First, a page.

My wife and I were at this weird and huge flea market/antique mall outside of Buffalo, NY last week, and of course this Hungry Hero Jar Jar jumped out at me when I passed the booth he was in. What was annoying was that there was no price on him, and nobody that I could see manning the booth. Though I already have HHJJ , I never had the little green chubas that came with him; when I bought mine at retail in 1999, some chuba thief (ironic, isn’t it?) had robbed Jar Jar of them…but what do you expect when they’re only attached with velcro? After we were almost done, Valerie said that she had second thoughts about passing up a pair of earrings she’d seen, and I waited in the car while she went back in. She came out carrying Jar Jar and the earrings she’d wanted, and right there on the spot, we renewed our wedding vows. Not really, but I would’ve!! It was very sweet of her.
The reason we were in Buffalo to begin with was to check out the Buffalo Comicon, which was apparently super-successful…and super-crowded. There wasn’t a whole lot of what I was looking for there, but when I saw this Anakin soap dish for a measly buck, I wasn’t leaving without it—he goes so well with our Jar Jar soap dispenser that it looks like some haughty European designer renovated our bathroom.I might have to hire an attendant to dispense towels.
Now THIS is soapdishing! (???)
Everything is explained here, by Adam at Nilbog’s Storybook Land:
Now THIS is Podracing!
Only one word can adequately describe Adam’s actions: WIZARD.
Gasgano’s rating: 4 THUMBS UP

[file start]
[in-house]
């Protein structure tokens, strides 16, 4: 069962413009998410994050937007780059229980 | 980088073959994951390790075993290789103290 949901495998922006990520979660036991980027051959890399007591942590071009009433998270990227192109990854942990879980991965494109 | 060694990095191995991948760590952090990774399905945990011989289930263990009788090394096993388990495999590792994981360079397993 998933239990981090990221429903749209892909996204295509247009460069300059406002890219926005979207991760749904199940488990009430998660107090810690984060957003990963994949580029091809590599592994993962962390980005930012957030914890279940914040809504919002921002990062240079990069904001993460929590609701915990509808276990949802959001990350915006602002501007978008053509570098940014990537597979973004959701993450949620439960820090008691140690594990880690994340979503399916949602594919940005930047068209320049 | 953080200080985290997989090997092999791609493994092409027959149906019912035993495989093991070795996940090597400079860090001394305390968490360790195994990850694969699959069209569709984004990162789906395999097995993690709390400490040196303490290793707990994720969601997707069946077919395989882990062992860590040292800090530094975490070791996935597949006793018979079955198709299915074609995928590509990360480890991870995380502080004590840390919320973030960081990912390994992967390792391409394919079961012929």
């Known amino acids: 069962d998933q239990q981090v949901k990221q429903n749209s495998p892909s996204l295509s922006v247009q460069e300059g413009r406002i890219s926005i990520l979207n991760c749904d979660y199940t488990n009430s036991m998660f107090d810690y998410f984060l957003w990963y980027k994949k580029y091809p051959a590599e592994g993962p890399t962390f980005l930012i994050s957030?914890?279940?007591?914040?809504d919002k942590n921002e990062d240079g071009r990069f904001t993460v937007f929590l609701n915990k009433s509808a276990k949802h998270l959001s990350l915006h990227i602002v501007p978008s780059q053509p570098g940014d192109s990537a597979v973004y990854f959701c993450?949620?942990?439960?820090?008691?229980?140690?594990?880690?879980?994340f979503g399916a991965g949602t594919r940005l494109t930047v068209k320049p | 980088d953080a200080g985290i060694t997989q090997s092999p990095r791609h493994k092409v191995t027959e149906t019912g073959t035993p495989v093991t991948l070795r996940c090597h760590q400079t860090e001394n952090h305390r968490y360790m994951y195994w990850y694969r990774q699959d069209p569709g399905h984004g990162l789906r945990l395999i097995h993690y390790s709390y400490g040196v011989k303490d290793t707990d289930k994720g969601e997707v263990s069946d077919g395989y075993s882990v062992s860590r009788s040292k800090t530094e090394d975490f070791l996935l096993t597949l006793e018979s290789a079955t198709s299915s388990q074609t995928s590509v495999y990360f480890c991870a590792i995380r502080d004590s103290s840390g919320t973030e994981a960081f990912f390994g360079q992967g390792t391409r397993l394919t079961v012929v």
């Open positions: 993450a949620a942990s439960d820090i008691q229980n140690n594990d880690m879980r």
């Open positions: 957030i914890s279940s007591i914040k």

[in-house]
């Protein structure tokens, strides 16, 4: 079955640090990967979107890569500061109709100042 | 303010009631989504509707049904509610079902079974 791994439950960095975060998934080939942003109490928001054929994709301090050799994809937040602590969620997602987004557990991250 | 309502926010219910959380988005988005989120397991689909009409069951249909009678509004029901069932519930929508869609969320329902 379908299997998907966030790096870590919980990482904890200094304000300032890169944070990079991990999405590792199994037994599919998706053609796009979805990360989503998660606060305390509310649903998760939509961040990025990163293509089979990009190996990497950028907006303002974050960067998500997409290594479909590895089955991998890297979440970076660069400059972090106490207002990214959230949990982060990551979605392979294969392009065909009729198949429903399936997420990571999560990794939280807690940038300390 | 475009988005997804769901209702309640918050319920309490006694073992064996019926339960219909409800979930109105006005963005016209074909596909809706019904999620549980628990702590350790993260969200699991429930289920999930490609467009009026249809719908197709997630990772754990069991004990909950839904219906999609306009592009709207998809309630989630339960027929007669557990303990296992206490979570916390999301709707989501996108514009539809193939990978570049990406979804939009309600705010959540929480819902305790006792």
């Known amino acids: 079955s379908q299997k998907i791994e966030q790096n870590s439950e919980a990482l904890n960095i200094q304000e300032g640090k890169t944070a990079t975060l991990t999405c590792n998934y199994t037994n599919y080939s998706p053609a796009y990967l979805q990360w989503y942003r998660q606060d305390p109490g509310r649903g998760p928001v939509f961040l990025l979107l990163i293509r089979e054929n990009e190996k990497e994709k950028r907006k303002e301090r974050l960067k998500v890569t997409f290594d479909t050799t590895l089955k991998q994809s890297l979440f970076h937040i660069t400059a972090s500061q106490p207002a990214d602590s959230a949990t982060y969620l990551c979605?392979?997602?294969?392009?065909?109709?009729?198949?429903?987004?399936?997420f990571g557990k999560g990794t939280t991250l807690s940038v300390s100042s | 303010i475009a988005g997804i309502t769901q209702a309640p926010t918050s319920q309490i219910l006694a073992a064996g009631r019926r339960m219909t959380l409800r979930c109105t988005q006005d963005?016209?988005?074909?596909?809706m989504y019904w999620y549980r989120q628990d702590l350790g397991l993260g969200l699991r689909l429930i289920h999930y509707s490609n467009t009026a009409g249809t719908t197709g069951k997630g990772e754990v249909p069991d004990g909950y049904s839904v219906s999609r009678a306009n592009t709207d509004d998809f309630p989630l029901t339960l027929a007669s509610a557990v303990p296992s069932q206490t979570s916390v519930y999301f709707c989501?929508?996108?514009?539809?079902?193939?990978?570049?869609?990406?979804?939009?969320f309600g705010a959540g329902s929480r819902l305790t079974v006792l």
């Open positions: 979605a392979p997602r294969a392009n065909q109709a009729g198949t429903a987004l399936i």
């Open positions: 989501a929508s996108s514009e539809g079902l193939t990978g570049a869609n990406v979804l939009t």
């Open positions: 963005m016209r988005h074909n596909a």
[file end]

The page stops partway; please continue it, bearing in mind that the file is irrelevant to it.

You know what? I typed out and then deleted the original title of this post, because I just couldn’t go with “Makin’ Whoopee with Jar Jar Binks!”. Even I have standards. Instead, a barely-there pun using Whoopi Goldberg’s name…clumsy, inelegant, and dumb, but at least it doesn’t make me cringe or die inside.
When the Celebration VI exclusive Jar Jar whoopee cushion was announced, I instantly started thinking about how I’d get one, as I wasn’t going to Celebration VI. You may remember my pathetic open plea on this very site, which surprisingly actually ended up working! A really nice guy named Jarrod grabbed Jar Jar for me after seeing my post, sparing me from cut-throat, cold-blooded eBay profiteers. Jarrod, I think Qui-Gon Jinn was talking about you when he said, “He gives without any thought of reward”—thank you again! (and thanks to Karen for putting the word out, too).
I was pleasantly surprised with the high quality of the Jar Jar whoopee cushion—part of me had feared that he’d just be some cheap piece of garbage made of stitched-together carpet remnants and stuffed with a used sandwich baggie as a “whoopee cushion”, or almost as bad, some mangy, threadbare thing soaked in gasoline that you’d win at a traveling carnival. But no, he’s really nicely made, and was manufactured by Comic Images, the same company that puts out a host of other stuffed animal-ish Star Wars merchandise.
The actual whoopee cushion stuffed inside of JJB’s plush body is a perfect color, as it matches the chubas that came with the classic "Hungry Hero Jar Jar". I half-heartedly started to blow into it, but had a moment of clarity and realized that I didn’t really give a damn about the whoopee cushion function, and decided not to bother filling it with my acidic spittle. As admirably ridiculous as the concept of a Jar Jar whoopee cushion is—and I hope it provides hours of fun for kids—-I just can’t imagine placing this on somebody’s chair and rubbing my hands together gleefully as I wait for them to sit down. Hasn’t poor Jar Jar suffered enough at the world’s hands without being sat upon for cheap laughs??